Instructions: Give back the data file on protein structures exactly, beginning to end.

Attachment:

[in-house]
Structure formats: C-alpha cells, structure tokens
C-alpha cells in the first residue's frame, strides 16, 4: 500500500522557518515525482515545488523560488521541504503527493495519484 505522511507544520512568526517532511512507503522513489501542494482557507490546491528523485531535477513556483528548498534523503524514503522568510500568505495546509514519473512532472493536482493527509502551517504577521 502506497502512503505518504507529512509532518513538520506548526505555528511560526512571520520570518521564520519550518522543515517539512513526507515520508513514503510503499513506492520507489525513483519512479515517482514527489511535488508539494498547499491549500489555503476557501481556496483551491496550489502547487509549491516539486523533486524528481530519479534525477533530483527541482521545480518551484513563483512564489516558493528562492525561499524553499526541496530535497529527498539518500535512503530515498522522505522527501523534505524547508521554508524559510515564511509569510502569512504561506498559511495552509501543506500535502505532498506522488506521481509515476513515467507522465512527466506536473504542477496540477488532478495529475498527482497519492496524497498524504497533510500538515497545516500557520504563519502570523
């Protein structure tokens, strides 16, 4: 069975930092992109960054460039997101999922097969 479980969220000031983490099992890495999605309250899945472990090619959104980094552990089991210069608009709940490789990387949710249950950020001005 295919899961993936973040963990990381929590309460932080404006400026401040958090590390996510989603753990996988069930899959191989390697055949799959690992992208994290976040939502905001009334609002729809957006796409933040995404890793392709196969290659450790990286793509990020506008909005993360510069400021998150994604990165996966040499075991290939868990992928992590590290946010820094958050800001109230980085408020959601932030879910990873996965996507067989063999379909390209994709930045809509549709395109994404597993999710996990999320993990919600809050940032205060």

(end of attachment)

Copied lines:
[in-house]
Structure formats: C-alpha cells, structure tokens
C-alpha cells in the first residue's frame, strides 16, 4: 500500500522557518515525482515545488523560488521541504503527493495519484 505522511507544520512568526517532511512507503522513489501542494482557507490546491528523485531535477513556483528548498534523503524514503522568510500568505495546509514519473512532472493536482493527509502551517504577521 502506497502512503505518504507529512509532518513538520506548526505555528511560526512571520520570518521564520519550518522543515517539512513526507515520508513514503510503499513506492520507489525513483519512479515517482514527489511535488508539494498547499491549500489555503476557501481556496483551491496550489502547487509549491516539486523533486524528481530519479534525477533530483527541482521545480518551484513563483512564489516558493528562492525561499524553499526541496530535497529527498539518500535512503530515498522522505522527501523534505524547508521554508524559510515564511509569510502569512504561506498559511495552509501543506500535502505532498506522488506521481509515476513515467507522465512527466506536473504542477496540477488532478495529475498527482497519492496524497498524504497533510500538515497545516500557520504563519502570523
């Protein structure tokens, strides 16, 4: 069975930092992109960054460039997101999922097969 479980969220000031983490099992890495999605309250899945472990090619959104980094552990089991210069608009709940490789990387949710249950950020001005 295919899961993936973040963990990381929590309460932080404006400026401040958090590390996510989603753990996988069930899959191989390697055949799959690992992208994290976040939502905001009334609002729809957006796409933040995404890793392709196969290659450790990286793509990020506008909005993360510069400021998150994604990165996966040499075991290939868990992928992590590290946010820094958050800001109230980085408020959601932030879910990873996965996507067989063999379909390209994709930045809509549709395109994404597993999710996990999320993990919600809050940032205060």